Friday, July 30, 2010

Early Reading and Writing in Children

Dr. Montessori wrote about how children learn to read over a hundred years ago, and today brain research backs up her findings.

Published in Psychology Today:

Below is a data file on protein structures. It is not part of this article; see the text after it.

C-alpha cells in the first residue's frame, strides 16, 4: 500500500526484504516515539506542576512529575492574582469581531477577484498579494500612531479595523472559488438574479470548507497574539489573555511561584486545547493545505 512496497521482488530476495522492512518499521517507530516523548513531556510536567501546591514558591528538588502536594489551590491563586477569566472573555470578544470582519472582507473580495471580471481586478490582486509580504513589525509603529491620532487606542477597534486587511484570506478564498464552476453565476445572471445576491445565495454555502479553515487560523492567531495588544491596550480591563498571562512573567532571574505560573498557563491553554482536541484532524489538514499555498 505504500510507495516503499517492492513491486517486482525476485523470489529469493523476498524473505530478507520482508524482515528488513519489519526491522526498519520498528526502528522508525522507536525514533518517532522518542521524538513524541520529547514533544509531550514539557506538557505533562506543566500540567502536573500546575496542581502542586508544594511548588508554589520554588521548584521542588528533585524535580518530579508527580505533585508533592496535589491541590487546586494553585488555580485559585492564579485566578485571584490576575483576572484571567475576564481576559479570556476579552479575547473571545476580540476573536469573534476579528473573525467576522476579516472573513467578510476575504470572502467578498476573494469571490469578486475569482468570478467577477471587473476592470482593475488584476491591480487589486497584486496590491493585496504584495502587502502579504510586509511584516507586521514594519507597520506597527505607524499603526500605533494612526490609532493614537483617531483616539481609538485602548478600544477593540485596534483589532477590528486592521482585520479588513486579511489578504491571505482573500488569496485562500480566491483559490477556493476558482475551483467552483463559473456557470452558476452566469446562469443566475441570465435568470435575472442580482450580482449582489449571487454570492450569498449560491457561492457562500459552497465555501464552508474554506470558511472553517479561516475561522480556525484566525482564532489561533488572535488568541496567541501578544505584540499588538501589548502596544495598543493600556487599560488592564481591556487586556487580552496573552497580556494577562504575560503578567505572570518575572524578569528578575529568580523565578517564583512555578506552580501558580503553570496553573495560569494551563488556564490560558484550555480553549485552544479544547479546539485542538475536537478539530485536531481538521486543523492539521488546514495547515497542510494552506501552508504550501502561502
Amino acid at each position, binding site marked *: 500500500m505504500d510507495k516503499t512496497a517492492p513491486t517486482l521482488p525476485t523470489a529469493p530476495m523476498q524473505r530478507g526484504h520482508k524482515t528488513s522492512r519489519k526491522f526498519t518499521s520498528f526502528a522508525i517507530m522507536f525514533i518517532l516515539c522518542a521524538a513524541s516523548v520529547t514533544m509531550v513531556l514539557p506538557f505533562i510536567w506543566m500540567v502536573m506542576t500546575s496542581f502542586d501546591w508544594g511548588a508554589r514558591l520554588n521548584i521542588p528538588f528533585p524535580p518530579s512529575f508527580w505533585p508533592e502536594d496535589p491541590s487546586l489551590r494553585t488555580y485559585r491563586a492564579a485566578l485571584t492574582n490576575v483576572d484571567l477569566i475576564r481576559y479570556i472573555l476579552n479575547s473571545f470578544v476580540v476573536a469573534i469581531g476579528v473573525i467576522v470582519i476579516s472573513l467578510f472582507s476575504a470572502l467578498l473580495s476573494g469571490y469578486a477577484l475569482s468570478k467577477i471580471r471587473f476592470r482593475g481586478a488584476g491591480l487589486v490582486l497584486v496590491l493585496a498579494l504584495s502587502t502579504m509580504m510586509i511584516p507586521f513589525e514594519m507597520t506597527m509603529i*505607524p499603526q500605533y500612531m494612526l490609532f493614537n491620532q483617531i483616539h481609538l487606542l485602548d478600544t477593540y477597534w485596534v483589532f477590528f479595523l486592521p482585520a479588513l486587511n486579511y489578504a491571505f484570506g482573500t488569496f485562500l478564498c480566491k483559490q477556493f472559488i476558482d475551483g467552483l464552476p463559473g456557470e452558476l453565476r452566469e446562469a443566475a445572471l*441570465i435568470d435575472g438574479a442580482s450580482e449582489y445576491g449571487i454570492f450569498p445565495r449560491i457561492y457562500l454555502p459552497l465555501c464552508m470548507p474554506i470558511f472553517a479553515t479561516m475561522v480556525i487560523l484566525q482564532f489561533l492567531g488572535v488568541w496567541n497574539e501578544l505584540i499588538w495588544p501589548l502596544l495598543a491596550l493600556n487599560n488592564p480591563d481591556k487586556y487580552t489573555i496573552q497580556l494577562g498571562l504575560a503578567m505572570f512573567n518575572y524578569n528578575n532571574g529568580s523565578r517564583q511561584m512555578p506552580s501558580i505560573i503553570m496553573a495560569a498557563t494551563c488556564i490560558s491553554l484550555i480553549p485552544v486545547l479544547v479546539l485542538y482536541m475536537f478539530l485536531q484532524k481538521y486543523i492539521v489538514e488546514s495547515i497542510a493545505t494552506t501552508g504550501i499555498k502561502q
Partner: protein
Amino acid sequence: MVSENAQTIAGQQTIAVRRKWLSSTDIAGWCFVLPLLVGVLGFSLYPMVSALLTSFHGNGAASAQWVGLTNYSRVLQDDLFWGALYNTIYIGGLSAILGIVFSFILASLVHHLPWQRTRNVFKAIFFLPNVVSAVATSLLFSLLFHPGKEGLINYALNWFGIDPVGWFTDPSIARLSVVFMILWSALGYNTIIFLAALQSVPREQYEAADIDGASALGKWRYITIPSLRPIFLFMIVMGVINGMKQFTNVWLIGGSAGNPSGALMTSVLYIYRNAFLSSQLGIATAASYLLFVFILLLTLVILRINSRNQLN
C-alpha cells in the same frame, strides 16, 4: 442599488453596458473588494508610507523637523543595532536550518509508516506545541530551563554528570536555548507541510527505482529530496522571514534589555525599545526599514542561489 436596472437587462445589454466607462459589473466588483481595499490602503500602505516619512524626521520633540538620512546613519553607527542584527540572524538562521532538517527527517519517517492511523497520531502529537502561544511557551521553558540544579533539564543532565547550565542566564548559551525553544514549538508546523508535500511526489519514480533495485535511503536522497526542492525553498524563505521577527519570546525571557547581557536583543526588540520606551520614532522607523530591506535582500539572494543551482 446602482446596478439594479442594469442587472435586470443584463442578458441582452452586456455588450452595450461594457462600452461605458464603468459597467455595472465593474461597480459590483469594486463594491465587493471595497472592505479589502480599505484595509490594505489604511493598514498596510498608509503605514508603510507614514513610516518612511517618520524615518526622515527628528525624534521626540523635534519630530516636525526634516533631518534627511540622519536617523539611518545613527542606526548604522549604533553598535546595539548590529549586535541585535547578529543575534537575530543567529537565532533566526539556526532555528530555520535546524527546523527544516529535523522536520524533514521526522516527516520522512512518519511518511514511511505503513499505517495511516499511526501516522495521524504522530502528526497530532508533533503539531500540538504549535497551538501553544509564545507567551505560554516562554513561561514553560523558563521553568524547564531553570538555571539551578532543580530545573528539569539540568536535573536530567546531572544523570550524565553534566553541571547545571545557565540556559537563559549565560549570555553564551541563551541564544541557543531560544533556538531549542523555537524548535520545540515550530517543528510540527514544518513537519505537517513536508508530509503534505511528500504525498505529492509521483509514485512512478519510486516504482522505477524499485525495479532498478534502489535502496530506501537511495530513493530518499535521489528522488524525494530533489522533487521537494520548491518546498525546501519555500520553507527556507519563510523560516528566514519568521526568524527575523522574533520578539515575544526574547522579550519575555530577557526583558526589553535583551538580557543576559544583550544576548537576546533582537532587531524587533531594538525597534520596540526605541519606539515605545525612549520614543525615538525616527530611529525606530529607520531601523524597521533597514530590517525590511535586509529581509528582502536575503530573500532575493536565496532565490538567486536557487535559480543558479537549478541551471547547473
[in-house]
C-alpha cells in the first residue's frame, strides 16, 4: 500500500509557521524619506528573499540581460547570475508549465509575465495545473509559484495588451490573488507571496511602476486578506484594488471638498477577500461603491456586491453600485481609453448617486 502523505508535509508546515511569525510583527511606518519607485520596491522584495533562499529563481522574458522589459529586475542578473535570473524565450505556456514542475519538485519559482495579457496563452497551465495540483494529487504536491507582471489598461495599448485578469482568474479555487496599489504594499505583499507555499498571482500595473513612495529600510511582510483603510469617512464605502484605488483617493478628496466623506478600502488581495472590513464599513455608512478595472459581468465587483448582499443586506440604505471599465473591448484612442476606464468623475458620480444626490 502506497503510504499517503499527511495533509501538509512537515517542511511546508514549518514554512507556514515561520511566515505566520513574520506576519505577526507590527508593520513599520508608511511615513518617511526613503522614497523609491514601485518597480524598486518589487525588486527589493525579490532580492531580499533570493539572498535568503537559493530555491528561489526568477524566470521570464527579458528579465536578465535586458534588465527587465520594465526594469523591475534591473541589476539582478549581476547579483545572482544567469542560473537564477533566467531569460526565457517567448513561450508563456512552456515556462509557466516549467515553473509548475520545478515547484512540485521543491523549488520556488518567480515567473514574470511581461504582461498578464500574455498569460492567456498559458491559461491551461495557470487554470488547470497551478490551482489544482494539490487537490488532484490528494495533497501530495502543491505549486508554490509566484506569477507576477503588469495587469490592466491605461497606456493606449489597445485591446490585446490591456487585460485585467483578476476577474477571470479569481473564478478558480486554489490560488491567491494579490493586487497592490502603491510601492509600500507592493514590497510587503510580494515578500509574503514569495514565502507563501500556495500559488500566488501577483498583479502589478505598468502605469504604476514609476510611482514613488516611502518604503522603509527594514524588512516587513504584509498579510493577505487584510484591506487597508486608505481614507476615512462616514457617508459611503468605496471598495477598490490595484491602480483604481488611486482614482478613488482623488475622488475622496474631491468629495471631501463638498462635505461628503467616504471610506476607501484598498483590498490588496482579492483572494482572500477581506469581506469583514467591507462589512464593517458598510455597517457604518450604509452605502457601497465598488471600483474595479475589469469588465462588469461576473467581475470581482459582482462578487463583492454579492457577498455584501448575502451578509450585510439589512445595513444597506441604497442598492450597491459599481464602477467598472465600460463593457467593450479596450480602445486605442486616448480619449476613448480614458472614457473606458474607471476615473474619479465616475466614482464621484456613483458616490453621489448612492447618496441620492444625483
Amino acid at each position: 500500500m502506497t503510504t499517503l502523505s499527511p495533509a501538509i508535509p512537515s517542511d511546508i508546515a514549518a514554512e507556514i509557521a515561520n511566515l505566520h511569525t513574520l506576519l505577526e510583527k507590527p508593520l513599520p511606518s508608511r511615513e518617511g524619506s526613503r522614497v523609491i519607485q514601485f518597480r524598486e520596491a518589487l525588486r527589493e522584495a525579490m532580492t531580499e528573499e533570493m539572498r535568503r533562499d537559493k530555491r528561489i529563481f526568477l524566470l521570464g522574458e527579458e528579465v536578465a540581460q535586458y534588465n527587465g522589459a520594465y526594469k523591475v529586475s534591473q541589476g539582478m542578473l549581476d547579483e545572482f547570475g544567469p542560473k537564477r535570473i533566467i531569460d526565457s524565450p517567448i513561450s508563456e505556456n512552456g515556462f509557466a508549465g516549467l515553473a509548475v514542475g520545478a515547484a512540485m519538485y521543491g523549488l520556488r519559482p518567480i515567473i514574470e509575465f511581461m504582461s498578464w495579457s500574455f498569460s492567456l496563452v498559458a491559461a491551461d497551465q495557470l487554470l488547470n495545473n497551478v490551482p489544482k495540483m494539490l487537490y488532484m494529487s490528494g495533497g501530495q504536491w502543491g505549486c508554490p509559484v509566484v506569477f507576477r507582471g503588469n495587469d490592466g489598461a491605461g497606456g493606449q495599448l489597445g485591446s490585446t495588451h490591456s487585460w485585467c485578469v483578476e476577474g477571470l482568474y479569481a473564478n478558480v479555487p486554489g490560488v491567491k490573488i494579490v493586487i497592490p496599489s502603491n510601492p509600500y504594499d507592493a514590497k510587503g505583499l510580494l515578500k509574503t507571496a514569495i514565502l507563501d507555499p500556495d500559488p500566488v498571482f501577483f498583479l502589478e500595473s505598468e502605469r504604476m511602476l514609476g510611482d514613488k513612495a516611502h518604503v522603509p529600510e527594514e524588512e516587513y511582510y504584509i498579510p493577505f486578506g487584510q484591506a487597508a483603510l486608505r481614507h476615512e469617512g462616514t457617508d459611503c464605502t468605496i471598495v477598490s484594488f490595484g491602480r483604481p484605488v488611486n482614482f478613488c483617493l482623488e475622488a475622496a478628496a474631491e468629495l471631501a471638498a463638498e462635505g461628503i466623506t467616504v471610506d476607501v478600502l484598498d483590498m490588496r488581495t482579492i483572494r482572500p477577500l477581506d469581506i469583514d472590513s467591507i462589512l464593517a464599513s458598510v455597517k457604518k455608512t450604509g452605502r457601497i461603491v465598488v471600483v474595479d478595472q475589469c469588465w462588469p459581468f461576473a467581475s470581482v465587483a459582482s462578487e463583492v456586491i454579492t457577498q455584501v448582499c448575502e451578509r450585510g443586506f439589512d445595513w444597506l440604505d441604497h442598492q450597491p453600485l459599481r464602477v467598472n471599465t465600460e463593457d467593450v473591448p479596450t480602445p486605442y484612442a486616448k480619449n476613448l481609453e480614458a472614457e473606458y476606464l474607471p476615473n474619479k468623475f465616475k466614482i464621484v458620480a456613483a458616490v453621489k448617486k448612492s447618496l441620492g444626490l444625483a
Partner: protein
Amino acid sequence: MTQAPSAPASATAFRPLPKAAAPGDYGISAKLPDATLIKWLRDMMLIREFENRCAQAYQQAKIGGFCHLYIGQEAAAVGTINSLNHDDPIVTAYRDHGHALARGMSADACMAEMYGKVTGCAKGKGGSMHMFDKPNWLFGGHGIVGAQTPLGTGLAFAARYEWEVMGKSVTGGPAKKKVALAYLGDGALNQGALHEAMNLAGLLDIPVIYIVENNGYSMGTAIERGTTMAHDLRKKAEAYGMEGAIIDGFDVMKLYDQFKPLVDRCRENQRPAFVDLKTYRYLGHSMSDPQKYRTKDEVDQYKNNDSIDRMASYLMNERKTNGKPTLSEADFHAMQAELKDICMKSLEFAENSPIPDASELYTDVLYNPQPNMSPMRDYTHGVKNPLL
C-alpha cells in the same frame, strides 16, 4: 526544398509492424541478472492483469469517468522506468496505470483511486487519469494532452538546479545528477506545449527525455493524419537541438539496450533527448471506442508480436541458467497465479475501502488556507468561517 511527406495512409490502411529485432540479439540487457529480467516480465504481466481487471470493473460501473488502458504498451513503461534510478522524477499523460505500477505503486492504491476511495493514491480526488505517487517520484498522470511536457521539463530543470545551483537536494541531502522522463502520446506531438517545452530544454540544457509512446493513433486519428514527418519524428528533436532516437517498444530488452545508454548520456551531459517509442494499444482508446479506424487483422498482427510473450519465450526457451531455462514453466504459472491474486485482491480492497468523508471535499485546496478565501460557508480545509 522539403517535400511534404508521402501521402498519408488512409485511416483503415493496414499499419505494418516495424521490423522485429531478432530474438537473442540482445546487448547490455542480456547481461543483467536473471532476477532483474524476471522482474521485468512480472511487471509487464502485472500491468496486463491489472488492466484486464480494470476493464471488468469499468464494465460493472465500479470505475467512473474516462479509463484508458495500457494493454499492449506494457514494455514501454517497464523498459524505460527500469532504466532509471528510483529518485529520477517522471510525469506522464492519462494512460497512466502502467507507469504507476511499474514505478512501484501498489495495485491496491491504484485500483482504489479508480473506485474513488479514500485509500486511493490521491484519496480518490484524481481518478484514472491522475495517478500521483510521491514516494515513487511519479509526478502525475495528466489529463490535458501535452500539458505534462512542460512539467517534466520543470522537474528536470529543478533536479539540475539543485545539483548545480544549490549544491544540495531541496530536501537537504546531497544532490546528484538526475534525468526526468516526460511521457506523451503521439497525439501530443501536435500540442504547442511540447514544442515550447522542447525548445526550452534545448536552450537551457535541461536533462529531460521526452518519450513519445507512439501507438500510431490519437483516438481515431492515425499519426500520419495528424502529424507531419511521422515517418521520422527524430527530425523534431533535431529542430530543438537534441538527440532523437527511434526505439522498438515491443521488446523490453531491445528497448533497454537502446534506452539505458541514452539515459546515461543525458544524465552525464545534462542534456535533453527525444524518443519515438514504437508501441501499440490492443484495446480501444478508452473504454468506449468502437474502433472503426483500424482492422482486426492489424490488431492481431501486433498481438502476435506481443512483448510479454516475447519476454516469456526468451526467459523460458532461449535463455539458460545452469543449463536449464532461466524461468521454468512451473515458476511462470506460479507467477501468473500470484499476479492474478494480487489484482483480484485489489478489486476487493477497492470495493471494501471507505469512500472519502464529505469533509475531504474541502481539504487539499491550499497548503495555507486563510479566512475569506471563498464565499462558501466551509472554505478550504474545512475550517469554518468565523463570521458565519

As mentioned in the article, children write BEFORE reading. Writing is a way for them to communicate their ideas, which they are more interested in at first. When they realize, "Hey, I need to read what I wrote!" that is when reading happens. In the classroom, we begin with tracing metal insets. At home, any tracing or free drawing will build hand strength in preparation for writing. Also, activities such as play dough, using tongs and tweezers, pinching clothespins, using a pincher grasp to move materials from one bowl to another will all help build hand strength for writing. When writing doesn't happen, it is typically not a cognitive problem, but a strength issue. Imagine, in our computer world, if we as adults have to sit down and handwrite a ten page paper. Our hands would be tired! The same holds true for young children. Writing makes their hands tired. We can give them activities that they enjoy doing, that will strengthen their hands in preparation for writing. Then, the reading will come...